This is from Carol Chapman, Secretary of Green Adventure for `97: Having spent the past 15 years involved in the voluntary sector in Lambeth, the Green Adventure Management Committee is the first one I have felt completely comfortable on. Instead of the domineering and authoritarian behaviour I have observed on other committees, I have found a new and enlightened style of management. The enthusiasm and dynamism in Green Adventure, the real participation and the sense of optimism pervading the project have ensured that I am genuinely excited by the prospect of the next 12 months of Green Adventure's work.

1997 GA Annual Report



The aim of the Green Ventures box scheme is

"to supply local people with fresh, seasonal organically grown vegetables, fruit and other produce as cheaply as possible, and to provide a home delivery service."

Green Ventures has continued to do this in 1997 and much more.

When joining, people are asked whether they can afford the market price (as this helps to subsidise the scheme) and if not they pay wholesale price (and join the LETS scheme if not already on it).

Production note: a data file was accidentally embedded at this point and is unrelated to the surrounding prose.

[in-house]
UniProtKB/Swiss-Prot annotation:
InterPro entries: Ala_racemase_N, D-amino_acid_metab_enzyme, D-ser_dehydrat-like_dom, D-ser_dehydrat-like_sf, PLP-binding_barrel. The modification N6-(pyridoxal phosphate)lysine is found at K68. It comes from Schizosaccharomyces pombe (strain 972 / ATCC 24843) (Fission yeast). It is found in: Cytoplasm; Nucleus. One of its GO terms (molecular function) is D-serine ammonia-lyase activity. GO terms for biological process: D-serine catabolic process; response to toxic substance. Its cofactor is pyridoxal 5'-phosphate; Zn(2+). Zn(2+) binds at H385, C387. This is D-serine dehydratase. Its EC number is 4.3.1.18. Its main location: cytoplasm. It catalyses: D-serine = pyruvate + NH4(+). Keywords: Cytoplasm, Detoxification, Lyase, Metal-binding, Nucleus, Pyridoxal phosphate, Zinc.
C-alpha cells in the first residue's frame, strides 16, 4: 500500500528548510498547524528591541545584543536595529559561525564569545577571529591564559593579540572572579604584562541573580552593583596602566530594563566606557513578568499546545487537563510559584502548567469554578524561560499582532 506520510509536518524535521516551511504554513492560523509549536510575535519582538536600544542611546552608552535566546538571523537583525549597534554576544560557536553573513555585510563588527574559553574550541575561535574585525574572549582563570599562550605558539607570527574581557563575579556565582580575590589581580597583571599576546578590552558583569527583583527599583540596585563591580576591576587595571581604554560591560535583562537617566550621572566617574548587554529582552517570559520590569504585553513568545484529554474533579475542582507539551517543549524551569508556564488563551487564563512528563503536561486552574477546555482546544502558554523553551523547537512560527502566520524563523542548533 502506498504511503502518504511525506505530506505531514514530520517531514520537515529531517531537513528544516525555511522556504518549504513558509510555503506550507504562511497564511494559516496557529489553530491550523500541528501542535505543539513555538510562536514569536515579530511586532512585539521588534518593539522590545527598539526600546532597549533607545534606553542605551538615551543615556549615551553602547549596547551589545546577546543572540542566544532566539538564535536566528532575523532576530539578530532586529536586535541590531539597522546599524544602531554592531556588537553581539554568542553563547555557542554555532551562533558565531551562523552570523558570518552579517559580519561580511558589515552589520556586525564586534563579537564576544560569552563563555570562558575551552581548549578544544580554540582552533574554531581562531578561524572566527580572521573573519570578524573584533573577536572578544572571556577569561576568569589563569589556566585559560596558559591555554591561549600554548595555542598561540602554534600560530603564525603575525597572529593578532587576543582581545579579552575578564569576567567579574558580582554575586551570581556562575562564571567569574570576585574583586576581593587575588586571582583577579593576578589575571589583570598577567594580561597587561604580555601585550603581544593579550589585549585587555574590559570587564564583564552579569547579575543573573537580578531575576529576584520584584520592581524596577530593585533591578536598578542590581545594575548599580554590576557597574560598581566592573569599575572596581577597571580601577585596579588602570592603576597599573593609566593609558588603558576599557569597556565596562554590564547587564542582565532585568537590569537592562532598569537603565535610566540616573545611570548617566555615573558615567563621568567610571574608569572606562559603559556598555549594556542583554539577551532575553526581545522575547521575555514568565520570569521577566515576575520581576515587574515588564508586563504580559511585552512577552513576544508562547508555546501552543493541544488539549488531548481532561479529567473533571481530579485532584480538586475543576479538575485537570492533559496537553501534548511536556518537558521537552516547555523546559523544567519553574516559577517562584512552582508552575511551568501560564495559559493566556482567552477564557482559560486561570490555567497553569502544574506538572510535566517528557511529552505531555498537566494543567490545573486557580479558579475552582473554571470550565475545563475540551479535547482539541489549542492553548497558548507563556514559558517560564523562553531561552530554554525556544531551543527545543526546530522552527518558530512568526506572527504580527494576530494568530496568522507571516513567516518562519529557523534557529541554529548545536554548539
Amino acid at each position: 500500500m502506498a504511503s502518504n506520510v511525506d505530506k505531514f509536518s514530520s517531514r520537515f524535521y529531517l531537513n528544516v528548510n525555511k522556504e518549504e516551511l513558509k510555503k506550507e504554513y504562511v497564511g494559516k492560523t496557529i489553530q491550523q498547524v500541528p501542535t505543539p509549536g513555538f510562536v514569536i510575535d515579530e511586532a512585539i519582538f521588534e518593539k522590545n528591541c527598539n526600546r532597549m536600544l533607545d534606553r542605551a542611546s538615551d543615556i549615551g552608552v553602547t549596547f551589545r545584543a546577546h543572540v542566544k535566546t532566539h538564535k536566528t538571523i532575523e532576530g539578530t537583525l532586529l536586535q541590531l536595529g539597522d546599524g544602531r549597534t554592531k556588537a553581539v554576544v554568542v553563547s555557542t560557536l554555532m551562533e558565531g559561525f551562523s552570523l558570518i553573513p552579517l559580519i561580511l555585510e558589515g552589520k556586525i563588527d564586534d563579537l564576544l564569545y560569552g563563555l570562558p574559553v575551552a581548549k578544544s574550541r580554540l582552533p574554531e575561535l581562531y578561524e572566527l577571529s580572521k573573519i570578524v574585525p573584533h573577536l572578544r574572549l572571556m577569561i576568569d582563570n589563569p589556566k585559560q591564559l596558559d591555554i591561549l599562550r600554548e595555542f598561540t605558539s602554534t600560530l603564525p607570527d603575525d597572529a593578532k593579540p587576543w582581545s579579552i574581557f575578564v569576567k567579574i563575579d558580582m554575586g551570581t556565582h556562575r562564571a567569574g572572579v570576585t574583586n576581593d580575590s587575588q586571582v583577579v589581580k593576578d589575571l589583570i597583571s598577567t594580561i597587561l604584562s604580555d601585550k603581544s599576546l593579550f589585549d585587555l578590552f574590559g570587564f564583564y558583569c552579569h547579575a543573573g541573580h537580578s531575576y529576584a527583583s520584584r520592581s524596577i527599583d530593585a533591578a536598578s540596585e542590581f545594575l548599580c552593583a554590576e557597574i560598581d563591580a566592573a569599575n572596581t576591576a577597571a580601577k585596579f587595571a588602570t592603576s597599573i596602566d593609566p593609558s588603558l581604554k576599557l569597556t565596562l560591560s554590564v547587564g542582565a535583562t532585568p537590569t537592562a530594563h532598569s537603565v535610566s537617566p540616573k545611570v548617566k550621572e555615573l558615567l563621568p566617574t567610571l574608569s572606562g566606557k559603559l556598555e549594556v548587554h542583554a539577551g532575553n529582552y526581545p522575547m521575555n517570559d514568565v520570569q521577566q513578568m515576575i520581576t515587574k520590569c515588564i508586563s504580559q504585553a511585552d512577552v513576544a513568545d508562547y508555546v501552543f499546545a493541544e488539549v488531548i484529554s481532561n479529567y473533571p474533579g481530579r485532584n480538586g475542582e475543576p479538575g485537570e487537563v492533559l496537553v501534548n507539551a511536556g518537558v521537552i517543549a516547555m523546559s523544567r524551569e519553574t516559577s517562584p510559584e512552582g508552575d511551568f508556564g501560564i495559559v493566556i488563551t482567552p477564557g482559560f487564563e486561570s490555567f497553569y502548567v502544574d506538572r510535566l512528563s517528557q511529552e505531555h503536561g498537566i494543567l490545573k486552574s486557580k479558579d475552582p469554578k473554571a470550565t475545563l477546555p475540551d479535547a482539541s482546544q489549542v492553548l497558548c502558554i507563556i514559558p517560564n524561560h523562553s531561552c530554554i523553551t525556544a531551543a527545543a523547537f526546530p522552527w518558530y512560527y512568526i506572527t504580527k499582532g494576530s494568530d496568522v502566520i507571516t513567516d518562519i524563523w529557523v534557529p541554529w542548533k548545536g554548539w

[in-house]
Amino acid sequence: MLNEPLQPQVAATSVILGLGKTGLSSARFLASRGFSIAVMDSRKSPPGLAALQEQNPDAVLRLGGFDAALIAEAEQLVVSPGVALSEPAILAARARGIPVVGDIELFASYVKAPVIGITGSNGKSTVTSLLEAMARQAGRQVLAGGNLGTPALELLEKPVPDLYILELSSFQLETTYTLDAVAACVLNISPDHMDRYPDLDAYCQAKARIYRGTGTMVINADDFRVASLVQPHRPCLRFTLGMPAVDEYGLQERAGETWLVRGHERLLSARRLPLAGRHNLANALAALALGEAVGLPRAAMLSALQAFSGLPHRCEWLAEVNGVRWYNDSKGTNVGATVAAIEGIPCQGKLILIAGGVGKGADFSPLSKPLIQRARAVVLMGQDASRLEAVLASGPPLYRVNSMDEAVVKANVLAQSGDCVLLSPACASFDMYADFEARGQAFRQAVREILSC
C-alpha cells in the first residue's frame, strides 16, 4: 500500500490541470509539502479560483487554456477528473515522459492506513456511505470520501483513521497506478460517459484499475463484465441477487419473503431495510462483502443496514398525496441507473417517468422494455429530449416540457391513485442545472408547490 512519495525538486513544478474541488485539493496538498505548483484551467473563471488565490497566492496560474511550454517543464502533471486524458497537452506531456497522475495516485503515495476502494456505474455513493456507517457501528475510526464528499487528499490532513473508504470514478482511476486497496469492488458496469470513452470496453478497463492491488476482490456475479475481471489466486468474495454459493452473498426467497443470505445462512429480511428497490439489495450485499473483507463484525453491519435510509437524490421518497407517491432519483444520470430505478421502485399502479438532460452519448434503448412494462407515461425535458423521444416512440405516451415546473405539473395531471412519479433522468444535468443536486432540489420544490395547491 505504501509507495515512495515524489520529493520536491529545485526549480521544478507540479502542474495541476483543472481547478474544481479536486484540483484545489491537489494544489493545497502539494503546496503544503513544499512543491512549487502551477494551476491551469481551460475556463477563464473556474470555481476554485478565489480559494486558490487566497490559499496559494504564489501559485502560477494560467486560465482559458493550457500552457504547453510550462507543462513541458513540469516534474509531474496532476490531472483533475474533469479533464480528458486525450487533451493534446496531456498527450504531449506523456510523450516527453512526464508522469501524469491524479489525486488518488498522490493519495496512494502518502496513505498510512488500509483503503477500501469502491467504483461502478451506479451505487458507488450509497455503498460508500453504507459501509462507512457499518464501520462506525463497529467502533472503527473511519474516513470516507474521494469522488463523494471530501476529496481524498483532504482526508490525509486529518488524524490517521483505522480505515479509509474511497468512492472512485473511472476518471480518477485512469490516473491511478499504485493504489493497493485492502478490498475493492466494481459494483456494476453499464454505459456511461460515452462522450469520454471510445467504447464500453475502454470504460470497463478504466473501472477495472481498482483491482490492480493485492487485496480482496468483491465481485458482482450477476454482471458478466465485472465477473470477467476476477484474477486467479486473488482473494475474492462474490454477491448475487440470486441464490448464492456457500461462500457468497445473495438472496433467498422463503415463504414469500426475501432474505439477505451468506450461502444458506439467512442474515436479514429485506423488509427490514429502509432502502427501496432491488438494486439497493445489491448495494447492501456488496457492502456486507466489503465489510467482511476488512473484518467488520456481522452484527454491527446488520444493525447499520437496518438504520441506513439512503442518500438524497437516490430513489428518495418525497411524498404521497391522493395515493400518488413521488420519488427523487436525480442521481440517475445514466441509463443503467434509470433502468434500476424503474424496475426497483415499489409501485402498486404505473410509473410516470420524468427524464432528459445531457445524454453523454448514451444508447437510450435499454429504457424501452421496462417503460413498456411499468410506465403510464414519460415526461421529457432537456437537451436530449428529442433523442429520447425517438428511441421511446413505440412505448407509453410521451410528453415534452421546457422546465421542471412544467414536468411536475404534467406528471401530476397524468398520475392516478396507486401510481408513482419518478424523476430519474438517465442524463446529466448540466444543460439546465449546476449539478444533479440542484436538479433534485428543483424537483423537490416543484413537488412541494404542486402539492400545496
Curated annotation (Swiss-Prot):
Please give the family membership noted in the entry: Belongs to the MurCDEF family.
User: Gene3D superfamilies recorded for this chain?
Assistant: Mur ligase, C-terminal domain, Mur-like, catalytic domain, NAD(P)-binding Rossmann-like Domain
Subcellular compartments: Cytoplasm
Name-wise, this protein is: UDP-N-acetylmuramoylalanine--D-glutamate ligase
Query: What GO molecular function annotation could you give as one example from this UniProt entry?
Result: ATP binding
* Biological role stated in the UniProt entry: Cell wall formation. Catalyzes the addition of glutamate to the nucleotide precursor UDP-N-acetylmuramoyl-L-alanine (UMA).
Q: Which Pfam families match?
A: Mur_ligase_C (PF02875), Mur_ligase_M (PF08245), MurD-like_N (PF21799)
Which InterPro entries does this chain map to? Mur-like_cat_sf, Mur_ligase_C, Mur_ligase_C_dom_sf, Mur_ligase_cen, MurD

Home delivery also benefits several members who are housebound or parents with young children.

Some members say they need an organic-based diet for health reasons.

All the targets that we had set ourselves for this year have been met, and in some cases exceeded. 

We have trained several members of the scheme in administration and co-ordination, and they have gained valuable work experience as a result.

We now have more members and core volunteers from different ethnic groups, and try to ensure that the produce is appropriate to as wide a range of cultures as possible.

We have been invited to initiate a new box scheme based at a `tenants house' in north Camberwell. Plans for this are now underway. 

A further box scheme, based at Middlesex University, was also kick-started by Green Ventures through a member who lives locally, and is now running independently.

There have been many other spin-offs from the Green Ventures scheme. These include a large influx of members and trading on the local LETS schemes, a steady supply of volunteers to other Green Adventure projects, referral of potential new food-growing projects and contact with other groups in the neighbourhood, etc.